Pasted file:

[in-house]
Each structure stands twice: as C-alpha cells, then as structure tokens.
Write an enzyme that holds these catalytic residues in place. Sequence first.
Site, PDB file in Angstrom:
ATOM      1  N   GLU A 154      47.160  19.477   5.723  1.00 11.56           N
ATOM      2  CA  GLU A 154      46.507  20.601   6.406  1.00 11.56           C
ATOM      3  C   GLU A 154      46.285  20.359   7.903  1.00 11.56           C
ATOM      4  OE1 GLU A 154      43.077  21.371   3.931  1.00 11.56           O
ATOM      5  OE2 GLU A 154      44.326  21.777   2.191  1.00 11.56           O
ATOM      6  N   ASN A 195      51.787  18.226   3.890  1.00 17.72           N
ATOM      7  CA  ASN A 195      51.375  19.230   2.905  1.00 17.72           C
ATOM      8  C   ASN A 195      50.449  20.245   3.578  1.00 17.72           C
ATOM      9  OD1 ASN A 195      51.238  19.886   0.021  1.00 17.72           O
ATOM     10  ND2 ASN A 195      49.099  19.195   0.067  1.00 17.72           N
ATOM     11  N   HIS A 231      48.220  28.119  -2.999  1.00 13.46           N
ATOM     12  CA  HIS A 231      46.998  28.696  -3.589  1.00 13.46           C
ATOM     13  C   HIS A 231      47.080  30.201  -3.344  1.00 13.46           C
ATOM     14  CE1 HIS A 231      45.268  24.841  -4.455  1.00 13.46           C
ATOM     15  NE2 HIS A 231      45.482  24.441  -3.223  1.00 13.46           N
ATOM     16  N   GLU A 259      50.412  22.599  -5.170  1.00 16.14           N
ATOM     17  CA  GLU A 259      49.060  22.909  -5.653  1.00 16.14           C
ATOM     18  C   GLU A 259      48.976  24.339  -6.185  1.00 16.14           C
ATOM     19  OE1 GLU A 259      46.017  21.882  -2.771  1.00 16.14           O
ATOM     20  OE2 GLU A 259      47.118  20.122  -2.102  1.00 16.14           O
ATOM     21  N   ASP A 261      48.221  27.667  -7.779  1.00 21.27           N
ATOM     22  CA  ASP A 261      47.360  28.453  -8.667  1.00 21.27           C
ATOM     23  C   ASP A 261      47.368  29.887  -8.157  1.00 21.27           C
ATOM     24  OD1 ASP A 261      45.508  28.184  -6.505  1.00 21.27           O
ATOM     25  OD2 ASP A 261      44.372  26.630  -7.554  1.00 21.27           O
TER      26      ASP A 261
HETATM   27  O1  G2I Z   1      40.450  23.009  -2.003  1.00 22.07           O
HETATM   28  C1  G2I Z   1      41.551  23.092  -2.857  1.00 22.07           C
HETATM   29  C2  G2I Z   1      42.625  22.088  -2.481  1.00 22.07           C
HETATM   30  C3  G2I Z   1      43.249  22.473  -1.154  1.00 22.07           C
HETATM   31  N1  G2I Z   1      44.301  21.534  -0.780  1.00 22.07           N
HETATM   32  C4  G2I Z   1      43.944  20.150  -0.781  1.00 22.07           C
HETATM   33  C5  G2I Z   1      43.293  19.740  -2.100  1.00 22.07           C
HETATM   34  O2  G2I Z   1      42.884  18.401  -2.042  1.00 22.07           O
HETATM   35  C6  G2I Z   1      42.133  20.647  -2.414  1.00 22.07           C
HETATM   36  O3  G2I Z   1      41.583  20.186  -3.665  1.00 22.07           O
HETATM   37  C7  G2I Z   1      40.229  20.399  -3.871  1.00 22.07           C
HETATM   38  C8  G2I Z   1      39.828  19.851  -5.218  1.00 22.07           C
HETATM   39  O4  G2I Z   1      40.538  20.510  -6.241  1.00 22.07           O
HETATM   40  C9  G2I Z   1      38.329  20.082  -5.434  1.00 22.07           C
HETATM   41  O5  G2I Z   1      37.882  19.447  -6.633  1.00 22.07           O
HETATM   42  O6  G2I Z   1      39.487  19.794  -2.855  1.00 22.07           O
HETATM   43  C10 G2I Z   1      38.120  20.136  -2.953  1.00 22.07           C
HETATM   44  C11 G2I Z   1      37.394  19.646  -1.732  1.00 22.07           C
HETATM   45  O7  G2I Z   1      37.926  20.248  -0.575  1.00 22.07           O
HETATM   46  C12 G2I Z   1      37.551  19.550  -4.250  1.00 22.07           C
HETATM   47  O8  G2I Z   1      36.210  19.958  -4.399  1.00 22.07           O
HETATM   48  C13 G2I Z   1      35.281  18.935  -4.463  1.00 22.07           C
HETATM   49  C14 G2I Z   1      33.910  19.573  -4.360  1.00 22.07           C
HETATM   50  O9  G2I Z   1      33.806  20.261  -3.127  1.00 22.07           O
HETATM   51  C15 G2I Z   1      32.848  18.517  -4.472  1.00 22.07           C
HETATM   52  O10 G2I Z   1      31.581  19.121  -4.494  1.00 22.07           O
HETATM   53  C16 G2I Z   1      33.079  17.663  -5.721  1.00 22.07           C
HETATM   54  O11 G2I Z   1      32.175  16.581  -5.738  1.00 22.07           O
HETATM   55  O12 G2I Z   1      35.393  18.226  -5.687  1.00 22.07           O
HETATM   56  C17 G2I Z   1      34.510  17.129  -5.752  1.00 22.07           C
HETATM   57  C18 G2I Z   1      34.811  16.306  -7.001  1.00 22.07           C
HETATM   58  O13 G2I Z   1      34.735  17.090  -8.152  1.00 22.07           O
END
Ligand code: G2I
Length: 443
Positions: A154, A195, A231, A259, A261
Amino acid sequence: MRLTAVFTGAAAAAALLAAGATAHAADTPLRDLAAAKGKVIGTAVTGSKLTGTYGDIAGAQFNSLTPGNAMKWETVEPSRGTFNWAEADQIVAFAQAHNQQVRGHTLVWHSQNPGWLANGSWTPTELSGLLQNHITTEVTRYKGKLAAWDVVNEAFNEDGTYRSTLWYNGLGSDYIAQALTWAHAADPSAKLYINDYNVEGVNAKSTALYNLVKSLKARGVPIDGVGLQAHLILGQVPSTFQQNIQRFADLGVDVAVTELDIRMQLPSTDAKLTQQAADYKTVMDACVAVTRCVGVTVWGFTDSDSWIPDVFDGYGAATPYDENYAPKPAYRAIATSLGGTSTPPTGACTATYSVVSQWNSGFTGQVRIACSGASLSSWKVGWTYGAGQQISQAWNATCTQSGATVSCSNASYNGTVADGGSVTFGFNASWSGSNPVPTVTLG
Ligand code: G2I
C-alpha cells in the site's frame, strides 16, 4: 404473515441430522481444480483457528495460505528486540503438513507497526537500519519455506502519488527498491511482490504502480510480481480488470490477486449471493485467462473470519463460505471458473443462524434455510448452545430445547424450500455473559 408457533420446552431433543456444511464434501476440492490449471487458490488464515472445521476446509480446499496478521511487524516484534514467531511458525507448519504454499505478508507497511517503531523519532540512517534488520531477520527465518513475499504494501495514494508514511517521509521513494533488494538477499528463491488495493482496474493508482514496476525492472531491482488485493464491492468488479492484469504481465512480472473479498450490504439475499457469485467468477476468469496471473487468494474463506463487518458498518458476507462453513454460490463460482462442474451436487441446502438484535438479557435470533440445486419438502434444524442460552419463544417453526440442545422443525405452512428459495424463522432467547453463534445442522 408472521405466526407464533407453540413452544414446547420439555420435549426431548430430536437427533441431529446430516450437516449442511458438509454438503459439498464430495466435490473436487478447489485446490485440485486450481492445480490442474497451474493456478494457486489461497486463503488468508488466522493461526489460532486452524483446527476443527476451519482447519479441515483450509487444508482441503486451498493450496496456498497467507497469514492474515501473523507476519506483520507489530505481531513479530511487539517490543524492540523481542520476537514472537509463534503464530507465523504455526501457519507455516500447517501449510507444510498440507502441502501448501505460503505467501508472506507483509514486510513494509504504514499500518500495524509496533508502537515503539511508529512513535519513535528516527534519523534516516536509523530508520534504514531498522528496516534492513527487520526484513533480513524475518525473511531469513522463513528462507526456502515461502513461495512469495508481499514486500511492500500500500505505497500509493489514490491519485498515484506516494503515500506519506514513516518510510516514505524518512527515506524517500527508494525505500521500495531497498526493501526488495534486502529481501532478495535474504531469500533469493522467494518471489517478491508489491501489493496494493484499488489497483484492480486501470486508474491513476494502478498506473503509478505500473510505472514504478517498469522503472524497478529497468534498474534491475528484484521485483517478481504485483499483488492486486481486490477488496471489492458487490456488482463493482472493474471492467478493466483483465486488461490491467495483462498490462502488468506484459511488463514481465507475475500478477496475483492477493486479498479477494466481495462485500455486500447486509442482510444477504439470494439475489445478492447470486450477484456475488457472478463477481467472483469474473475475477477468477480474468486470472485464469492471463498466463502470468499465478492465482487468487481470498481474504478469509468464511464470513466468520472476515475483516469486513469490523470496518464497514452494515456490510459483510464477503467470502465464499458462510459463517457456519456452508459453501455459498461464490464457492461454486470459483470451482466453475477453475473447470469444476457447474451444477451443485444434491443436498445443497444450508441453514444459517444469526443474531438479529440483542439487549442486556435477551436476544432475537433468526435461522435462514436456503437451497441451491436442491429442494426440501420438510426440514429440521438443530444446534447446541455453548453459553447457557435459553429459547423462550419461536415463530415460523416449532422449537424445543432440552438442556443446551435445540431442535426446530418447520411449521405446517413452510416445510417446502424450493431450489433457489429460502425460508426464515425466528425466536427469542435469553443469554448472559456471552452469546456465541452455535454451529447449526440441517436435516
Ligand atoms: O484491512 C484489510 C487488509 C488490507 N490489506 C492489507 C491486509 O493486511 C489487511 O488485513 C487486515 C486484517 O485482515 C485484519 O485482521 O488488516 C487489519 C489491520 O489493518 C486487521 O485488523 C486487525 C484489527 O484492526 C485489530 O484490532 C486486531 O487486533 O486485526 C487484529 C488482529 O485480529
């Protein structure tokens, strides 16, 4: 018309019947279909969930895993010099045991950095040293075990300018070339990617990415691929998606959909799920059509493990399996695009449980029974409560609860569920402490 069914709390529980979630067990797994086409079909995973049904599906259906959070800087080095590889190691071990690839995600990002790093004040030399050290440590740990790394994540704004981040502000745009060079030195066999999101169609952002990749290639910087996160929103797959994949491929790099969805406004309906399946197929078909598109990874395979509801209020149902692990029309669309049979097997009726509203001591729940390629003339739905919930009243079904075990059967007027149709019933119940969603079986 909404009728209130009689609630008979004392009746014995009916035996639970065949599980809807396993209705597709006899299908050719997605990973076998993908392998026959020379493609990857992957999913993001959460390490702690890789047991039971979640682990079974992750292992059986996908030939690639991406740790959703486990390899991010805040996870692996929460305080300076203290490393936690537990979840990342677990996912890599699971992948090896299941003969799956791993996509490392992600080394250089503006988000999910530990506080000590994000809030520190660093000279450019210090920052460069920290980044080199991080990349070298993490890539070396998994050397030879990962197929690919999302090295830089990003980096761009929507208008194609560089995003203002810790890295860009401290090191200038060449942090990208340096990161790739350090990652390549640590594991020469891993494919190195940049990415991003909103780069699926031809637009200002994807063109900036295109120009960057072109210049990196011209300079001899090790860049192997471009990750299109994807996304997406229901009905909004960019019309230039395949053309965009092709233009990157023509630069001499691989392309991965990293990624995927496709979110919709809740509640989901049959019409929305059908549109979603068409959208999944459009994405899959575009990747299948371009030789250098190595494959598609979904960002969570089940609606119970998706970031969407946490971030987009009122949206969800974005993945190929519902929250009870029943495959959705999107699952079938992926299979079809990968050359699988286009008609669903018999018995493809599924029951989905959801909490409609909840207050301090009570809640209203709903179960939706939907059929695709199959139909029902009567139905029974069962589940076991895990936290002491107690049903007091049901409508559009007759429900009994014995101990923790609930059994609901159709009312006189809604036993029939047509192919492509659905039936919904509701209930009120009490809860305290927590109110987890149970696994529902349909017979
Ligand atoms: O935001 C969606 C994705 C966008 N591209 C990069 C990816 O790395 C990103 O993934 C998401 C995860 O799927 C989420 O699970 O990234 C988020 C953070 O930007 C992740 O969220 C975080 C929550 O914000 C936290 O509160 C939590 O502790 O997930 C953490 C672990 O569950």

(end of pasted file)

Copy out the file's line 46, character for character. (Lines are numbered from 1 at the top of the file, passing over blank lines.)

HETATM   42  O6  G2I Z   1      39.487  19.794  -2.855  1.00 22.07           O